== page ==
Chapter 2: A New New Deal—Hopes for a Resurgent Popular Front Cultural Policy After the Sixties

Largely forgotten in histories of the 1970s is how the Bicentennial intensified hopes for a resurgent use of state power to galvanize national civic life. From the passage of the American Folklife Act to expansions of institutions such as the National Gallery of Art, the Bicentennial justified efforts to use the state to develop a national culture reminiscent of the New Deal’s Popular Front, but now inflected by new ideas about identity and democracy that had taken shape in the social movements of the 1960s. This “path not taken” of shared civic life curated by public institutions ultimately gave way to the more volatile dynamics of the coming Culture Wars between right and left, conservative and liberal, traditional and revolutionary factions.

Chapter 3: Rethinking the Public-Private Binary—The Bicentennial Commission Controversy and Market-State Relations

Initiated by Lyndon Baines Johnson, more directly politicized by Richard Nixon, and ultimately dissolved in a turn to smaller, local celebrations, the Bicentennial Commission at first glance seems like a seemingly minor instance of governmental cultural policy gone awry, however a closer examination of its scandals and controversies complicates dominant narratives and chronologies about political economy in the 1970s. There was always, from the beginning, a stronger push for privatized, market-based approaches, even during LBJ’s Great Society program years, and after the commission fell apart, state power persisted in the more laissez-faire phase. The Culture Wars began to fester within this confusing swirl of public-private political economic orientations.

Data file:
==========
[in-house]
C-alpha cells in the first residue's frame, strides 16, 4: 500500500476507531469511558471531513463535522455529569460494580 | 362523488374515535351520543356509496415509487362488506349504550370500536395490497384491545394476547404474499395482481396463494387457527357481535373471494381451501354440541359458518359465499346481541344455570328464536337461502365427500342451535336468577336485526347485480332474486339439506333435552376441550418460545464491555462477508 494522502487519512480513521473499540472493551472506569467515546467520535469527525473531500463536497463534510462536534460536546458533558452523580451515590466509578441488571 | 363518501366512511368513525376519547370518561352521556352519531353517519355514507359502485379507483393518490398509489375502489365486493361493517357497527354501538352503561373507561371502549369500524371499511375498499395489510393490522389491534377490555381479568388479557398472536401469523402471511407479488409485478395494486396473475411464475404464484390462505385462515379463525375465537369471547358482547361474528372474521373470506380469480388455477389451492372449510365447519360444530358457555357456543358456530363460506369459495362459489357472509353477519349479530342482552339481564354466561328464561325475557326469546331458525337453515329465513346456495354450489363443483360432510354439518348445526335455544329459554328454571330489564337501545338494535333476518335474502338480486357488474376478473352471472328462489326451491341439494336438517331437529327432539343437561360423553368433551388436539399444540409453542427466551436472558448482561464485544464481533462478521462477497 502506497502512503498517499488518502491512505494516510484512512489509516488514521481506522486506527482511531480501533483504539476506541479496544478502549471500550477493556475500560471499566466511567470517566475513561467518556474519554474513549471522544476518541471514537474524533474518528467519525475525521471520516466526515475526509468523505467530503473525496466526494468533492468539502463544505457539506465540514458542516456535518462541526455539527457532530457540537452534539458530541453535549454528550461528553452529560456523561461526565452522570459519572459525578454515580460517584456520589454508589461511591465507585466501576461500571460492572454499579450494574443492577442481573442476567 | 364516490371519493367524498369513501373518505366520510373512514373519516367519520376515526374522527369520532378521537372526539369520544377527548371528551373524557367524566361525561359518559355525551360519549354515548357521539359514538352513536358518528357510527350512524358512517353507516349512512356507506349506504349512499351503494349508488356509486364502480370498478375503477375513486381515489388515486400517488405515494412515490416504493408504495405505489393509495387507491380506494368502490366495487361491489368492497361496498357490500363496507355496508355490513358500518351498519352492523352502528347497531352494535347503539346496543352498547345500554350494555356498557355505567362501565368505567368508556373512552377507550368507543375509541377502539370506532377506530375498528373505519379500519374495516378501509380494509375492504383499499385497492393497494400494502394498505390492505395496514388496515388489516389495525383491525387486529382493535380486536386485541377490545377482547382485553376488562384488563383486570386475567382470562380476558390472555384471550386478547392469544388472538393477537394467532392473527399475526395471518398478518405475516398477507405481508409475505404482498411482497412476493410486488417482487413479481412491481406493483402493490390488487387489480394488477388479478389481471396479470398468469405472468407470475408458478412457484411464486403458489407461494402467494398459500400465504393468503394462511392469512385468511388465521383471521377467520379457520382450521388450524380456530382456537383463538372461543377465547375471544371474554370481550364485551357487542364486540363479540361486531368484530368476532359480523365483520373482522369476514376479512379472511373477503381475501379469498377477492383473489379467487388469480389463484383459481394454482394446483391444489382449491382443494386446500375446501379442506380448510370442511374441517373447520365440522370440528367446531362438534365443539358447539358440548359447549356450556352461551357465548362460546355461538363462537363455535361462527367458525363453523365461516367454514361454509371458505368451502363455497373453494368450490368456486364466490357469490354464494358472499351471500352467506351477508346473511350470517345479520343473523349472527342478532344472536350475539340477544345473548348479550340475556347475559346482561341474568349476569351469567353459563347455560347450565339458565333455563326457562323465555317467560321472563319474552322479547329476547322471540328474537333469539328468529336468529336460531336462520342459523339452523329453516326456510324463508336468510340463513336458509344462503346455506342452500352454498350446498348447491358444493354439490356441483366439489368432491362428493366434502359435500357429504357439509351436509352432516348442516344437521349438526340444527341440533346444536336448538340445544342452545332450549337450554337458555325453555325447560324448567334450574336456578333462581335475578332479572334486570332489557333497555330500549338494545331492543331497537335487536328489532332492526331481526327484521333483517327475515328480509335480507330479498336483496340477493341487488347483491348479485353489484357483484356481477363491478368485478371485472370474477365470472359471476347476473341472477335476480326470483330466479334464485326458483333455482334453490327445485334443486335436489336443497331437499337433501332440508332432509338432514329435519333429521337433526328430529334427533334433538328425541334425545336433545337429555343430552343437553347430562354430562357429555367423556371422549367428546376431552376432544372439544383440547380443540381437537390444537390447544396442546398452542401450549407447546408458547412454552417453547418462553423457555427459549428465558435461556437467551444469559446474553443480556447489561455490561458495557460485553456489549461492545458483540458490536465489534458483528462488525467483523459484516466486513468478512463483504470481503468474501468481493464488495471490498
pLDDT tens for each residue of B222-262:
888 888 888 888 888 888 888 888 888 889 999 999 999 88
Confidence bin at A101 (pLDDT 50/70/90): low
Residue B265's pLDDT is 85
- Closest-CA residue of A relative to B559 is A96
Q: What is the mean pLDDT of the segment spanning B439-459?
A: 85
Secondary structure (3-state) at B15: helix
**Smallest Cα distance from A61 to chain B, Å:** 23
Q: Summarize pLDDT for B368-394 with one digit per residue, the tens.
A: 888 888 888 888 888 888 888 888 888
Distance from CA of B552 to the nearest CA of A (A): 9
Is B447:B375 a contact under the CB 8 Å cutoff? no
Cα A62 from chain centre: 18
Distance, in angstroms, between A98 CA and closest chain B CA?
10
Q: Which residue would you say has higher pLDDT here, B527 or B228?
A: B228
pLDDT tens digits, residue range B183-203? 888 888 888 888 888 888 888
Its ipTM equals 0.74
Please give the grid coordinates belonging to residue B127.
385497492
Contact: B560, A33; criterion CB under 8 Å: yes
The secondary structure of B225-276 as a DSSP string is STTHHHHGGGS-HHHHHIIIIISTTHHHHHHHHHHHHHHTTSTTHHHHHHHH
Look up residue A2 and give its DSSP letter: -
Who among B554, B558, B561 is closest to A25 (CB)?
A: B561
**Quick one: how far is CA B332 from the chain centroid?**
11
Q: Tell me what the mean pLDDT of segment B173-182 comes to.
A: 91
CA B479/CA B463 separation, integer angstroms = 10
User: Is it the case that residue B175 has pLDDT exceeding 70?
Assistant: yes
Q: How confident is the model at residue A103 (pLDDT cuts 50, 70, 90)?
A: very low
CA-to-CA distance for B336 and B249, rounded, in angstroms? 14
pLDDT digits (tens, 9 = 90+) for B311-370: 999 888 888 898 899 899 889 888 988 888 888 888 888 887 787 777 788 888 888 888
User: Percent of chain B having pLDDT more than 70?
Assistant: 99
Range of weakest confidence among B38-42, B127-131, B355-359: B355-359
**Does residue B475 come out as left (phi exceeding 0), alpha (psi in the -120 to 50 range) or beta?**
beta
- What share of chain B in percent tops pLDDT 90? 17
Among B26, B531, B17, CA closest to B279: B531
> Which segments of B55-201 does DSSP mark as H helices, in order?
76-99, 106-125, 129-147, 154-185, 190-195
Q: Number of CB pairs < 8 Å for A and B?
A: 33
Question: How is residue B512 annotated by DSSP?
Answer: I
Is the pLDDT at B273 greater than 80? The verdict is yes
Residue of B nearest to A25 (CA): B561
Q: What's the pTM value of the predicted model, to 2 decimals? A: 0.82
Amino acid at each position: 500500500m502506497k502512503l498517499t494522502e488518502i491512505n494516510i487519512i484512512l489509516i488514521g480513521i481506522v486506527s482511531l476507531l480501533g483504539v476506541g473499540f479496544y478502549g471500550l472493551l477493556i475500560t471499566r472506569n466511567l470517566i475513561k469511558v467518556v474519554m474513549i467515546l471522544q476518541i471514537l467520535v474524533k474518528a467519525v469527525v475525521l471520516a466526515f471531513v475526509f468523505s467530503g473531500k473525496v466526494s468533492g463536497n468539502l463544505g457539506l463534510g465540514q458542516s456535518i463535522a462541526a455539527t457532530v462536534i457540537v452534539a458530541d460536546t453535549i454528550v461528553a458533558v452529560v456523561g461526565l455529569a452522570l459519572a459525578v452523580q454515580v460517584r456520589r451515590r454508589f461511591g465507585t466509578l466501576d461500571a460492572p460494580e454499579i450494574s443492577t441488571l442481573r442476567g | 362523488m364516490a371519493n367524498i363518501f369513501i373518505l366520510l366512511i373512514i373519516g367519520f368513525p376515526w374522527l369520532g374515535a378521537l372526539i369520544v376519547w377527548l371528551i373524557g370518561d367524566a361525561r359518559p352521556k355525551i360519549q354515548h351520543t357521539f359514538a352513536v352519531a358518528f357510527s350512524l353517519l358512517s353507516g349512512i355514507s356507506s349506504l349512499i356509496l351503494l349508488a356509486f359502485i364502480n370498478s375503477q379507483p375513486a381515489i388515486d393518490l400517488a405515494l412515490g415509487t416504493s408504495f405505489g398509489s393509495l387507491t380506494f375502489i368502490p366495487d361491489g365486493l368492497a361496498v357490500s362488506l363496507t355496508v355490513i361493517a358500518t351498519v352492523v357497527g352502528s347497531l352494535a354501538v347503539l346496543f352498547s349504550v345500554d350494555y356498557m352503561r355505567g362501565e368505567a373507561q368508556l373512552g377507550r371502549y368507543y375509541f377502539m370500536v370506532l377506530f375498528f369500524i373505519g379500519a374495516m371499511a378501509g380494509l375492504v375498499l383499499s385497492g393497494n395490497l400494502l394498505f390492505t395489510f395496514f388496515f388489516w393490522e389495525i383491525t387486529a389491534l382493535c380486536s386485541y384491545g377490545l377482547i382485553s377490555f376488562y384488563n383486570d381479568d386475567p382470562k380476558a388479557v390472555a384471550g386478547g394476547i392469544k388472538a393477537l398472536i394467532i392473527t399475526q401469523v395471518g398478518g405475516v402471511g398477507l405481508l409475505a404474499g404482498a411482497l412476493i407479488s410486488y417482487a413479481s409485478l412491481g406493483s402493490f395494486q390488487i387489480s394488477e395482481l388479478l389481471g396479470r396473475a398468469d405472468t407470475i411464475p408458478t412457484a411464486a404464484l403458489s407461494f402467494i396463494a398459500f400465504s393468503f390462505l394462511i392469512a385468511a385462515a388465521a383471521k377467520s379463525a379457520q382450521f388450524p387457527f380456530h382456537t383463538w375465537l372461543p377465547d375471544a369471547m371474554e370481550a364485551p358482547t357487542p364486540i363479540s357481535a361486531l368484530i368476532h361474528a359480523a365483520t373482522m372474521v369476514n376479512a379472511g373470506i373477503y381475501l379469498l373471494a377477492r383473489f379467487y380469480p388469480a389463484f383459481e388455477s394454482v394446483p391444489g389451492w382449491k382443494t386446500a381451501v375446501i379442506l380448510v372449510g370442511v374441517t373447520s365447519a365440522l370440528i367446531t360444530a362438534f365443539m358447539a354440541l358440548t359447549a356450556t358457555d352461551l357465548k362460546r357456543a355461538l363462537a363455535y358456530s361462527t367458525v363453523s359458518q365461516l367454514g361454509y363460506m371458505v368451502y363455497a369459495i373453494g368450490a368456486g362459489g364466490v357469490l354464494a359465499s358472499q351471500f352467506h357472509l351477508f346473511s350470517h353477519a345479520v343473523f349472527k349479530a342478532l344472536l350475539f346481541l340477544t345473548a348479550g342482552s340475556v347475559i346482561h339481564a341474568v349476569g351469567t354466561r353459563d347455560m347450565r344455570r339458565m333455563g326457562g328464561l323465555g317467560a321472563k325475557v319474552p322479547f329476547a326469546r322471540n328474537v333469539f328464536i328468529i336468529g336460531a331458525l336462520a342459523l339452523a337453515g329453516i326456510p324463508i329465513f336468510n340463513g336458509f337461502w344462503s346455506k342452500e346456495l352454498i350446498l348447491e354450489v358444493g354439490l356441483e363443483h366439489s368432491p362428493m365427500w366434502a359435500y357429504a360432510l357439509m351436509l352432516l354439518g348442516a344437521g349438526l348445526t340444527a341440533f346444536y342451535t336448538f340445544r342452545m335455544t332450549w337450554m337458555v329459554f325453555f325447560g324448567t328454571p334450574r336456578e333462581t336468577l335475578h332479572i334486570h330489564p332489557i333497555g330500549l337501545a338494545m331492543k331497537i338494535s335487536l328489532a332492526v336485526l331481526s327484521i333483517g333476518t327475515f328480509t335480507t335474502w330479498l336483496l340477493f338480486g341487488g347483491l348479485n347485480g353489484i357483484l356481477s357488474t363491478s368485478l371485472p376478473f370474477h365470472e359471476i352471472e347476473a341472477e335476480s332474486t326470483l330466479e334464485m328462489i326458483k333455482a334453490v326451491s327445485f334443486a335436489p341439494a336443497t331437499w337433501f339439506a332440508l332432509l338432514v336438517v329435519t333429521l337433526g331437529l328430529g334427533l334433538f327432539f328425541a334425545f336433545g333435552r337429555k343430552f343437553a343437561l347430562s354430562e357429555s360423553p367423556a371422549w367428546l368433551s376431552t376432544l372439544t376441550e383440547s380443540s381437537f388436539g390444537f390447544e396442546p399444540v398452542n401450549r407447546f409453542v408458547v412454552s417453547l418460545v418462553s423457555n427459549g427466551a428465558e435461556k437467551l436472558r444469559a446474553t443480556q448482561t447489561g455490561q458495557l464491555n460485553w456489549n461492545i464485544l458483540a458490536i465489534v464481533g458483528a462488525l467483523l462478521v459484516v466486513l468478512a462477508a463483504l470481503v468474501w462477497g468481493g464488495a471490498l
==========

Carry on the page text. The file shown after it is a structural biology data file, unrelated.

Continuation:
Chapter 4: Happy Birthday, America—The International Response to the US Bicentennial